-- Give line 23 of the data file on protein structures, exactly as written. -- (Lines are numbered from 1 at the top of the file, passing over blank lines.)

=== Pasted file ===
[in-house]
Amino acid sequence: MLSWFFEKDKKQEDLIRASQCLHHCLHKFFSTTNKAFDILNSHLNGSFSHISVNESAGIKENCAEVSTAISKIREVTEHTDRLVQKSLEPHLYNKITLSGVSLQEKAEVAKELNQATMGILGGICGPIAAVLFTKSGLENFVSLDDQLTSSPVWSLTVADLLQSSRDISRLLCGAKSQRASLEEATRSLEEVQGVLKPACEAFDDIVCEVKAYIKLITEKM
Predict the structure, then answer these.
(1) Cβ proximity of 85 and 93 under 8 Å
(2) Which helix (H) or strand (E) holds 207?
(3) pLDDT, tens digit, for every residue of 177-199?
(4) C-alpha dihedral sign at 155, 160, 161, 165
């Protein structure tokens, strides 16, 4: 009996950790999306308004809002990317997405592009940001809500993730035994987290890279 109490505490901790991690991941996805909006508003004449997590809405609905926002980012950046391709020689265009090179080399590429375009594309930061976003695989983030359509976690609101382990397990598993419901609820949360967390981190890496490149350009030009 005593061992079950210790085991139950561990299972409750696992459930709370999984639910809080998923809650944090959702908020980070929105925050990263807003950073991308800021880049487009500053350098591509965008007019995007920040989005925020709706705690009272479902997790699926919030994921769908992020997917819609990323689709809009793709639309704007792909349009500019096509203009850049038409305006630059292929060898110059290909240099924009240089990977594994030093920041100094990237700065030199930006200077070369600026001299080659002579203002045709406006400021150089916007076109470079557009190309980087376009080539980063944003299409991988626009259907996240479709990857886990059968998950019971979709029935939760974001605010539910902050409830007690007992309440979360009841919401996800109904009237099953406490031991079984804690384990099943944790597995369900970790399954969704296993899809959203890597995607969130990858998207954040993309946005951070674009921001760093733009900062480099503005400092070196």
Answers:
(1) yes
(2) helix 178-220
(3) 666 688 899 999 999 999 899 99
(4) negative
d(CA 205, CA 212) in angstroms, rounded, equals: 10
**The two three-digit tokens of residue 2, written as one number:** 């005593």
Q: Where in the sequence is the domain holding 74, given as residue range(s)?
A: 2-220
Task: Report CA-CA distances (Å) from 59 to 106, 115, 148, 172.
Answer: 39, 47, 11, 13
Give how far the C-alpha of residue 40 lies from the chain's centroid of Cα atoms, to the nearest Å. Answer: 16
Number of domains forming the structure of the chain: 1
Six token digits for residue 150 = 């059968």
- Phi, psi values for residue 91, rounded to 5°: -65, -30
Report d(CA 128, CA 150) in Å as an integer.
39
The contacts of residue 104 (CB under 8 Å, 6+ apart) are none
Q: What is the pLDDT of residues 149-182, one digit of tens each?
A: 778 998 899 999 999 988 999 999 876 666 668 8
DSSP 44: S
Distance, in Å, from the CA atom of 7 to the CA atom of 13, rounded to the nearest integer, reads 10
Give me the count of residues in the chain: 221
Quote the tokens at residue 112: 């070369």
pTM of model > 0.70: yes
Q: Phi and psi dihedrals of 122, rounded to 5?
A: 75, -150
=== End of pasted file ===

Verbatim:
- Phi, psi values for residue 91, rounded to 5°: -65, -30